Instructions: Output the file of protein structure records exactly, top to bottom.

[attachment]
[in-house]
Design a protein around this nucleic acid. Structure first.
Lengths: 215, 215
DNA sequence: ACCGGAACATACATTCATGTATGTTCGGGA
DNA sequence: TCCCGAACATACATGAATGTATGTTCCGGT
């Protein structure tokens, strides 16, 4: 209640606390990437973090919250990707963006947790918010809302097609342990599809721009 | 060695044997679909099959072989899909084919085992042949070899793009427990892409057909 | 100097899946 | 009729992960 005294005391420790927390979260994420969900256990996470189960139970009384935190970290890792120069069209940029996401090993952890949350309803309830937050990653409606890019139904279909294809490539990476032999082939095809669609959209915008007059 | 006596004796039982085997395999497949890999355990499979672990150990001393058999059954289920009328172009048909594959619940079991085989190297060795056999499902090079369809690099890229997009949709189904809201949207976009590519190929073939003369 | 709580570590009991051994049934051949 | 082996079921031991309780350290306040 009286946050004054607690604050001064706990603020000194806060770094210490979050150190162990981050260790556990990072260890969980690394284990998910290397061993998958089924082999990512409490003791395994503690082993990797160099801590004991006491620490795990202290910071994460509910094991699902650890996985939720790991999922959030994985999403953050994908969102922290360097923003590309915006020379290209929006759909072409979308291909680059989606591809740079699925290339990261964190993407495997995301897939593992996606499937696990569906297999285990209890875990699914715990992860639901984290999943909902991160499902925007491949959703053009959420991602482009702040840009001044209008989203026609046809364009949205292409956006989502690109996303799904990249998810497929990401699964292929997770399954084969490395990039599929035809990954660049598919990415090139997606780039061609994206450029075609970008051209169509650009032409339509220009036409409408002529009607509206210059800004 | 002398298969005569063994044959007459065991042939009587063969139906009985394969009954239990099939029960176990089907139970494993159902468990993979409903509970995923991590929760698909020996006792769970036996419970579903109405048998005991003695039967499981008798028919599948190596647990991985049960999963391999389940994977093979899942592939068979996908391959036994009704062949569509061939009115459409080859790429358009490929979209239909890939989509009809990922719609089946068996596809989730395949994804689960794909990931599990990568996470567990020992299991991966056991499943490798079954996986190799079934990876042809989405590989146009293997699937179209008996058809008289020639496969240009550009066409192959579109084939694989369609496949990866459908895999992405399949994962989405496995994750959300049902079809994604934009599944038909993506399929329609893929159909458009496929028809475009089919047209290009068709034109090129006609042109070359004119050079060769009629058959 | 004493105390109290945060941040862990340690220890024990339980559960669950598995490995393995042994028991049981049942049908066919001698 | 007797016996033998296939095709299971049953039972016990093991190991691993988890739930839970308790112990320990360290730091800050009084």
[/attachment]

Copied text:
[in-house]
Design a protein around this nucleic acid. Structure first.
Lengths: 215, 215
DNA sequence: ACCGGAACATACATTCATGTATGTTCGGGA
DNA sequence: TCCCGAACATACATGAATGTATGTTCCGGT
């Protein structure tokens, strides 16, 4: 209640606390990437973090919250990707963006947790918010809302097609342990599809721009 | 060695044997679909099959072989899909084919085992042949070899793009427990892409057909 | 100097899946 | 009729992960 005294005391420790927390979260994420969900256990996470189960139970009384935190970290890792120069069209940029996401090993952890949350309803309830937050990653409606890019139904279909294809490539990476032999082939095809669609959209915008007059 | 006596004796039982085997395999497949890999355990499979672990150990001393058999059954289920009328172009048909594959619940079991085989190297060795056999499902090079369809690099890229997009949709189904809201949207976009590519190929073939003369 | 709580570590009991051994049934051949 | 082996079921031991309780350290306040 009286946050004054607690604050001064706990603020000194806060770094210490979050150190162990981050260790556990990072260890969980690394284990998910290397061993998958089924082999990512409490003791395994503690082993990797160099801590004991006491620490795990202290910071994460509910094991699902650890996985939720790991999922959030994985999403953050994908969102922290360097923003590309915006020379290209929006759909072409979308291909680059989606591809740079699925290339990261964190993407495997995301897939593992996606499937696990569906297999285990209890875990699914715990992860639901984290999943909902991160499902925007491949959703053009959420991602482009702040840009001044209008989203026609046809364009949205292409956006989502690109996303799904990249998810497929990401699964292929997770399954084969490395990039599929035809990954660049598919990415090139997606780039061609994206450029075609970008051209169509650009032409339509220009036409409408002529009607509206210059800004 | 002398298969005569063994044959007459065991042939009587063969139906009985394969009954239990099939029960176990089907139970494993159902468990993979409903509970995923991590929760698909020996006792769970036996419970579903109405048998005991003695039967499981008798028919599948190596647990991985049960999963391999389940994977093979899942592939068979996908391959036994009704062949569509061939009115459409080859790429358009490929979209239909890939989509009809990922719609089946068996596809989730395949994804689960794909990931599990990568996470567990020992299991991966056991499943490798079954996986190799079934990876042809989405590989146009293997699937179209008996058809008289020639496969240009550009066409192959579109084939694989369609496949990866459908895999992405399949994962989405496995994750959300049902079809994604934009599944038909993506399929329609893929159909458009496929028809475009089919047209290009068709034109090129006609042109070359004119050079060769009629058959 | 004493105390109290945060941040862990340690220890024990339980559960669950598995490995393995042994028991049981049942049908066919001698 | 007797016996033998296939095709299971049953039972016990093991190991691993988890739930839970308790112990320990360290730091800050009084």